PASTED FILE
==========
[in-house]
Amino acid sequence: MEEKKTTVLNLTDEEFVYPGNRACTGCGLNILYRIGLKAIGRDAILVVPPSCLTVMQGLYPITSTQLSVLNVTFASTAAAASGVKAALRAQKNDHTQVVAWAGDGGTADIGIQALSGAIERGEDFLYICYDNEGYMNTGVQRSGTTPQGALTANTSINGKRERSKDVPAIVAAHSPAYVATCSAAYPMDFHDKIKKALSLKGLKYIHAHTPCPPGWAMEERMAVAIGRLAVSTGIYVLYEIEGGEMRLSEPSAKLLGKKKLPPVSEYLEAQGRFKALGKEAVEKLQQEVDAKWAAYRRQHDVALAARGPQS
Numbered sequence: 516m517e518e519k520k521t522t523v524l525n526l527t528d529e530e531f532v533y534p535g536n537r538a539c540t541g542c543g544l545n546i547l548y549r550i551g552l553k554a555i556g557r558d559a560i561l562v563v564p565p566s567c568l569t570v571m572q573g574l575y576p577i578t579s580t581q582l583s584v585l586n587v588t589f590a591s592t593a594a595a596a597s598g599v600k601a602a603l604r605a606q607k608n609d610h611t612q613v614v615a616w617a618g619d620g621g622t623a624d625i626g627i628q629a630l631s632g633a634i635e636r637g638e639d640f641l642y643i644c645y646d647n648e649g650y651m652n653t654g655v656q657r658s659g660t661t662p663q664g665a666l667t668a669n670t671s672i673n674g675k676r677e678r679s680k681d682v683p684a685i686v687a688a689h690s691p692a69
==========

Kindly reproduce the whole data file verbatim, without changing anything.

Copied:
[in-house]
Amino acid sequence: MEEKKTTVLNLTDEEFVYPGNRACTGCGLNILYRIGLKAIGRDAILVVPPSCLTVMQGLYPITSTQLSVLNVTFASTAAAASGVKAALRAQKNDHTQVVAWAGDGGTADIGIQALSGAIERGEDFLYICYDNEGYMNTGVQRSGTTPQGALTANTSINGKRERSKDVPAIVAAHSPAYVATCSAAYPMDFHDKIKKALSLKGLKYIHAHTPCPPGWAMEERMAVAIGRLAVSTGIYVLYEIEGGEMRLSEPSAKLLGKKKLPPVSEYLEAQGRFKALGKEAVEKLQQEVDAKWAAYRRQHDVALAARGPQS
Numbered sequence: 516m517e518e519k520k521t522t523v524l525n526l527t528d529e530e531f532v533y534p535g536n537r538a539c540t541g542c543g544l545n546i547l548y549r550i551g552l553k554a555i556g557r558d559a560i561l562v563v564p565p566s567c568l569t570v571m572q573g574l575y576p577i578t579s580t581q582l583s584v585l586n587v588t589f590a591s592t593a594a595a596a597s598g599v600k601a602a603l604r605a606q607k608n609d610h611t612q613v614v615a616w617a618g619d620g621g622t623a624d625i626g627i628q629a630l631s632g633a634i635e636r637g638e639d640f641l642y643i644c645y646d647n648e649g650y651m652n653t654g655v656q657r658s659g660t661t662p663q664g665a666l667t668a669n670t671s672i673n674g675k676r677e678r679s680k681d682v683p684a685i686v687a688a689h690s691p692a69